From dogs and cats to tropical fish and snakes, the UK’s fascination with pets has grown over the past four years. For some people it’s about companionship, for others pet ownership helps to regulate their health and wellbeing.

a white cat sits looking over the shoulder of a man

Today more than half of UK households own a pet. I welcomed my pet on Valentine’s Day 2019. Well, Missy (pictured here with me) was my partner’s pet initially. But we bonded through lockdown – when my partner worked as a key worker within the NHS – and she has since become ‘my’ cat.

We’ve continued to bond over the years – whether it’s catching the frogs she’s brought us at 3am, her ‘helping’ me write articles by padding back and forth across the keyboard, or the way she ‘tickles’ our feet with her claws when hungry. As she’s matured, Missy has become more of a lap cat. I now look forward to her joining me on the couch – it’s comforting, like a hug or a hello from an old friend.

Celebrating pet ownership

I’m not alone in loving my pet. On 11 April each year the UK honours the bond between animal and owner with National Pet Day.

While dogs and cats are by far the most popular pet, other popular animals include indoor birds, hamsters, guinea pigs, tortoises and snakes.

According to the PDSA’s (People’s Dispensary for Sick Animals) research, there were 11 million dogs, 11 million cats and 1.1 million rabbits living as pets in the UK last year.

Health benefits

It’s safe to say I’m a ‘cat person’. But keeping a pet of any sort, has huge health and wellbeing benefits. Regularly walking your dog, caring for your cat, or just enjoying your pet’s companionship can help reduce stress, anxiety, and depression and ease loneliness. Even watching fish swim can help you relax.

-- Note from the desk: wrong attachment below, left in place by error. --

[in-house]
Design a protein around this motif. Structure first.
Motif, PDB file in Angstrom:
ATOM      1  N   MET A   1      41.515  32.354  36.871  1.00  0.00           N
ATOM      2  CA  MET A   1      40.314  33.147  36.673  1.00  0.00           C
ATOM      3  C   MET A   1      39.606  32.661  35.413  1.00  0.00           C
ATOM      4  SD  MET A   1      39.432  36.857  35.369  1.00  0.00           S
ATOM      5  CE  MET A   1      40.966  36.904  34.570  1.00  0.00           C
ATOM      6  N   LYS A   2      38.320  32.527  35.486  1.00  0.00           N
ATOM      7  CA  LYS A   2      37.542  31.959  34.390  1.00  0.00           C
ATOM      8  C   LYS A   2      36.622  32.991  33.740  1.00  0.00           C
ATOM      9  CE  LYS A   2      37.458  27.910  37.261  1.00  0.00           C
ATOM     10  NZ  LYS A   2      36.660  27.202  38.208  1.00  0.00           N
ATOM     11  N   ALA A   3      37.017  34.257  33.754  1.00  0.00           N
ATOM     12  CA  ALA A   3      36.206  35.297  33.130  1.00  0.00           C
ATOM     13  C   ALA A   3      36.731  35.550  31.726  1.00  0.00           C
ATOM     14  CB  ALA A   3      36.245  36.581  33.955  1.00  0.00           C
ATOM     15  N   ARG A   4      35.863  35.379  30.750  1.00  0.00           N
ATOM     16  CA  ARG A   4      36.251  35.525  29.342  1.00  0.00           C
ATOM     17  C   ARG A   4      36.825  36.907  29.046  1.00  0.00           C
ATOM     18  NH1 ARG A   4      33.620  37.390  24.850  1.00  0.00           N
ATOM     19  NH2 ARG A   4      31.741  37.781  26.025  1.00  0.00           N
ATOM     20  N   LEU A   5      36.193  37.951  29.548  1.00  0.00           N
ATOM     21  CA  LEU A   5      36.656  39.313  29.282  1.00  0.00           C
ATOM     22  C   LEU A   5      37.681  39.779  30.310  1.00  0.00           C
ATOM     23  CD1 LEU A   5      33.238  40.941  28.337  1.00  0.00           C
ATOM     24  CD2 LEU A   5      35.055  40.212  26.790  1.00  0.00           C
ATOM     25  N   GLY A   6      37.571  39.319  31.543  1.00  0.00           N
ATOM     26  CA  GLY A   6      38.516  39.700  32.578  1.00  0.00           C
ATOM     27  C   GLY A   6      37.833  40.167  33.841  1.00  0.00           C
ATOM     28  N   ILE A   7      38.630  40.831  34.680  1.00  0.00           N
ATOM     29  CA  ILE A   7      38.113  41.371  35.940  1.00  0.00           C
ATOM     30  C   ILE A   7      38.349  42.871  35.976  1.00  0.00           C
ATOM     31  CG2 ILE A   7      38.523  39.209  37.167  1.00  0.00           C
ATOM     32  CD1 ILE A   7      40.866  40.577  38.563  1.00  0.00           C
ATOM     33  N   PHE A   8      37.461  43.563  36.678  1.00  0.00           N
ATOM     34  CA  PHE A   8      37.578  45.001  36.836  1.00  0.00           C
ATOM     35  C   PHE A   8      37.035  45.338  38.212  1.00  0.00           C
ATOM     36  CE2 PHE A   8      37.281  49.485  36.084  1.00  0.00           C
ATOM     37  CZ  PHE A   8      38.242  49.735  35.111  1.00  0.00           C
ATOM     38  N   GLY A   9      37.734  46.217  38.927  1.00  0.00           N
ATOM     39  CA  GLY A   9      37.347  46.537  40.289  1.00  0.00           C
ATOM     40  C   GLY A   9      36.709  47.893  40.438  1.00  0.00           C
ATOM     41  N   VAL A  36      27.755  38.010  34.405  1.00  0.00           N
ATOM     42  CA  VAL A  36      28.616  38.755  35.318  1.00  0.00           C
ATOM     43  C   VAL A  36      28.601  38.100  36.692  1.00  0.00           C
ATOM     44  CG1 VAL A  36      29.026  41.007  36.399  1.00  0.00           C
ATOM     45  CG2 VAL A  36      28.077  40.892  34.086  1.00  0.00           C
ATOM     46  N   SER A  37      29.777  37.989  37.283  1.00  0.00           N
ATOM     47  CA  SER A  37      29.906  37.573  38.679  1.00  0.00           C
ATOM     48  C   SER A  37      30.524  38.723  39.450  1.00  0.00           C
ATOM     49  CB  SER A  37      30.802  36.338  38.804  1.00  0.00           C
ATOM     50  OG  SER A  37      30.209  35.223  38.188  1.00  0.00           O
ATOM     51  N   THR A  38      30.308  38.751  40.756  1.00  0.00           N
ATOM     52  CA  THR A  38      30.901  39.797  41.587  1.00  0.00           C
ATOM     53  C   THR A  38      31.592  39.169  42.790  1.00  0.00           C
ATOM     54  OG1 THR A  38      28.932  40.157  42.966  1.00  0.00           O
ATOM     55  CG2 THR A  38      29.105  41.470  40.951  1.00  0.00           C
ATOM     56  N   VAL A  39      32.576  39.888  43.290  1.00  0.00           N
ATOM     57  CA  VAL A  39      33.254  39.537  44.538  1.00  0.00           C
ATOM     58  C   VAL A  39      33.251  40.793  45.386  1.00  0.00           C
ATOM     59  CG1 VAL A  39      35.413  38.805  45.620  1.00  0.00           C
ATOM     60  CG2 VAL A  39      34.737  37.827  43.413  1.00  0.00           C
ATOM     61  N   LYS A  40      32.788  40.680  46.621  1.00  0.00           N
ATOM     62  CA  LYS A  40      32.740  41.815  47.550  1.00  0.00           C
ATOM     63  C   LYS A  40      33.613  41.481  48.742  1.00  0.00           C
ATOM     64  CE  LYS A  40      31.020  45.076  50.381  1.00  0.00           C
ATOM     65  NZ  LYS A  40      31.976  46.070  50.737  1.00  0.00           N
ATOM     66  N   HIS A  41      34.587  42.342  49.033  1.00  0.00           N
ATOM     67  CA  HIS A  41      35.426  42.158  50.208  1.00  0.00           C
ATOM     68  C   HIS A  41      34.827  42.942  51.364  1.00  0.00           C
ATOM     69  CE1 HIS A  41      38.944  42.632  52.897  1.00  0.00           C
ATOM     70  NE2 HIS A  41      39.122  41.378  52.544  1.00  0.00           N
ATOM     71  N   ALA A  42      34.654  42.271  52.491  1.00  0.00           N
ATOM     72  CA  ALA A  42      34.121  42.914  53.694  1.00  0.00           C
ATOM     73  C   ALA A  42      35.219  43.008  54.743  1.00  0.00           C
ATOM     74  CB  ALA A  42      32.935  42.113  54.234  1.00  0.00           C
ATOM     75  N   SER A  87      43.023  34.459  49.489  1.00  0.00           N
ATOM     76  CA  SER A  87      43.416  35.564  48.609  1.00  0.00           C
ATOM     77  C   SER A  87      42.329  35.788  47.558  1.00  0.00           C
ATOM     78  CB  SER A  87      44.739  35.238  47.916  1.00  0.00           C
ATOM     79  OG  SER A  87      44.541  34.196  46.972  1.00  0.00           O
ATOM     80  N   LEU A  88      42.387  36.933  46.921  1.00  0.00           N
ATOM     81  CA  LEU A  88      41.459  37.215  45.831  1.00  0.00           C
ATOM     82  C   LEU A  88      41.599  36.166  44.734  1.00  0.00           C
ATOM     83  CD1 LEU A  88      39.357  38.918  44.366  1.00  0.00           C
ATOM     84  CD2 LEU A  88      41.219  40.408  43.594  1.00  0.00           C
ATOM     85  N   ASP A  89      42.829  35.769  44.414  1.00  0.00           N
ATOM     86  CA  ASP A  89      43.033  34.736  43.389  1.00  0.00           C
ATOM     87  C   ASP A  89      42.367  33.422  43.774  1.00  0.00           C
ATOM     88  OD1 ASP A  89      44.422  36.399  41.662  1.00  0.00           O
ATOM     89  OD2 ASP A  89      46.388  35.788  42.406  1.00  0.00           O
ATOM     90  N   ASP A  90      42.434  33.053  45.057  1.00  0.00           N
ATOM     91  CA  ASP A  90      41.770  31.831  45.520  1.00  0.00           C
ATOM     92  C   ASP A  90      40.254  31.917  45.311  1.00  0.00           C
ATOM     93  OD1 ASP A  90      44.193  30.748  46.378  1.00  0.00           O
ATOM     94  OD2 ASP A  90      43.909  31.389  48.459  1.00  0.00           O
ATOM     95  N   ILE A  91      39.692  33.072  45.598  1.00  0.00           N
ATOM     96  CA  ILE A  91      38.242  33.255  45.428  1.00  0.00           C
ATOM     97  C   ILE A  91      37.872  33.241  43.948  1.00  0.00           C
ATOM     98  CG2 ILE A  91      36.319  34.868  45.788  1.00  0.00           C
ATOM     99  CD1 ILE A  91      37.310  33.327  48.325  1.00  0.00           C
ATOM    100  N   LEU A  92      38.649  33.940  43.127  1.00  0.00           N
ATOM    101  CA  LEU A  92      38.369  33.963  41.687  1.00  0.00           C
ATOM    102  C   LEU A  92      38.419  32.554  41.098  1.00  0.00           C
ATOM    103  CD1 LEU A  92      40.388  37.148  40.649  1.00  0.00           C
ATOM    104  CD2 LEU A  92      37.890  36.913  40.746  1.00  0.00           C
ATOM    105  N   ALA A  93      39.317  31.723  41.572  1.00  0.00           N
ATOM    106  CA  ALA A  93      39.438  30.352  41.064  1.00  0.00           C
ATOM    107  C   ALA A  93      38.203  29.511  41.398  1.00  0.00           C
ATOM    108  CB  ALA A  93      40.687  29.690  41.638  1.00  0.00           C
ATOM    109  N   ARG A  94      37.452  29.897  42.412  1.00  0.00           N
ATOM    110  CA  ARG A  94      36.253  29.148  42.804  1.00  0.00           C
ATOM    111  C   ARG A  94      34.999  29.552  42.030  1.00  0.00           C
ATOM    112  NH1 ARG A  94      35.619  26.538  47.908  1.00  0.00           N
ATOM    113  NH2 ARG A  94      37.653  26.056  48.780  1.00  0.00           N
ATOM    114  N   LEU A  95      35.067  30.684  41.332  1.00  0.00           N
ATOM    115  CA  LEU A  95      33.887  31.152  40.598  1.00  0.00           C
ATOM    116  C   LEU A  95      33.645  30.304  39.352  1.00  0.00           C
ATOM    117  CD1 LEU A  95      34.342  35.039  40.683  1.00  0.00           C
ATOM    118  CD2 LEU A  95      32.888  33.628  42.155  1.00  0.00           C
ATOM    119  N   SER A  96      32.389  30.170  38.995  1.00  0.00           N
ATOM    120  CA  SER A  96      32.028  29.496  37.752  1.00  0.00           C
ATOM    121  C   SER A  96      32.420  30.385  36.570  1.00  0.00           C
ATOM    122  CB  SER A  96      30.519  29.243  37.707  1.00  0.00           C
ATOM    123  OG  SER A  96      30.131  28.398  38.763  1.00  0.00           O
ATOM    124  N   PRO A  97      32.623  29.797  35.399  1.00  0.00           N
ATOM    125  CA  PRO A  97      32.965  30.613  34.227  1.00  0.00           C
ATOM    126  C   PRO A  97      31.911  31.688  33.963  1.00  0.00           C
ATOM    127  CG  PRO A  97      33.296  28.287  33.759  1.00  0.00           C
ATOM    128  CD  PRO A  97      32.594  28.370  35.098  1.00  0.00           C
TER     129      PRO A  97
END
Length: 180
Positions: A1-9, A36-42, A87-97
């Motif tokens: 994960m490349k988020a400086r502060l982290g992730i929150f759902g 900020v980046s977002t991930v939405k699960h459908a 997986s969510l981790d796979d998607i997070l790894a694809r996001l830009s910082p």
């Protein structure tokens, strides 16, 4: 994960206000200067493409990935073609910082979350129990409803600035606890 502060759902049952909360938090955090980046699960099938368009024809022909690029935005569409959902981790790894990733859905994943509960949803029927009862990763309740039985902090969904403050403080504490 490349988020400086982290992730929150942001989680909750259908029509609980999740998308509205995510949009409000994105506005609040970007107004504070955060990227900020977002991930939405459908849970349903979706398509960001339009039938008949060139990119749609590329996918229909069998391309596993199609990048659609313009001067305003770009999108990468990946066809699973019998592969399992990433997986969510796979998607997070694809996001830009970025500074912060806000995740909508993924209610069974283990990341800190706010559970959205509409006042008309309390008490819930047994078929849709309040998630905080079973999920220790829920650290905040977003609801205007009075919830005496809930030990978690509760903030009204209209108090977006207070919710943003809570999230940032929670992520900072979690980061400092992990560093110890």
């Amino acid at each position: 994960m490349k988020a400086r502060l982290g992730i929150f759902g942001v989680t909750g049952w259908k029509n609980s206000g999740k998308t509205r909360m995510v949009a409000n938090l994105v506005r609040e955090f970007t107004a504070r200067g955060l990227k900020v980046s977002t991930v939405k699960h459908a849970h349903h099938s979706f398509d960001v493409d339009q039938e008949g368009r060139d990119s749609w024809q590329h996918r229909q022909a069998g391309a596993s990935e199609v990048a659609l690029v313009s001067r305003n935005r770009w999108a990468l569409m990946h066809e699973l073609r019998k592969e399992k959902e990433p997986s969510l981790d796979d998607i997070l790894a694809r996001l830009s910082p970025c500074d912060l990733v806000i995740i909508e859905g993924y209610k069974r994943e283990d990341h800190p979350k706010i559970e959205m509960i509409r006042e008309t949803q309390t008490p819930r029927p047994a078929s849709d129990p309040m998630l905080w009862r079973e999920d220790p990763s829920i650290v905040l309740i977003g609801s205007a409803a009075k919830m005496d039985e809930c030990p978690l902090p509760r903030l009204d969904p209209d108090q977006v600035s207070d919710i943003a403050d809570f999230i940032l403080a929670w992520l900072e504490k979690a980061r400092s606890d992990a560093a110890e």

In its report, the PDSA found 67% of the people questioned thought owning a pet made them physically healthier.

They are not alone, and there’re a number of different studies which show that:

  • pets can help lower their owner’s blood pressure
  • heart attack patients with pets survive longer than those without, particularly people who live alone
  • people stay more physically fit, especially dog owners who are encouraged to take more physical activities, such as walking.

Wellbeing benefits

There are also several wellbeing benefits to pet ownership. Often pets can help people with depression by providing motivation, comfort and allowing them to maintain healthy routines. They also provide companionship. Overview – Depression in adults – NHS (

The PDSA’s research found that 87% of pet owners agree their pet makes them mentally healthier. The research also found that 85% of pet owners reported being less lonely, and 94% said their pet made them happier. Simply playing with your pet can increase your levels of serotonin and dopamine, which can help you to relax and stay calm.

In the last few years there’s been an increase in emotional support animals. These animals support people with ongoing mental health treatment and hidden disabilities. The animals don’t require specific training, and their role is to provide comfort to people with emotional or psychological disabilities.


A woman smiles as she holds her RoboPet cat

Last year, East Sussex County Council launched a pilot RoboPet project giving people with early-stage dementia a mechanical pet that looks just like a cat or dog.

As the one-year pilot comes to an end, carers have said they saw immediate health and wellbeing benefits in the people they care for. Benefits include aiding independence and providing companionship.

Staying safe

While it can be great fun and comfort having a pet, it’s important to help your child develop their understanding of animal behaviour so that your pets and your children can live safely together.

Read more about keeping kids and pets safe and happy.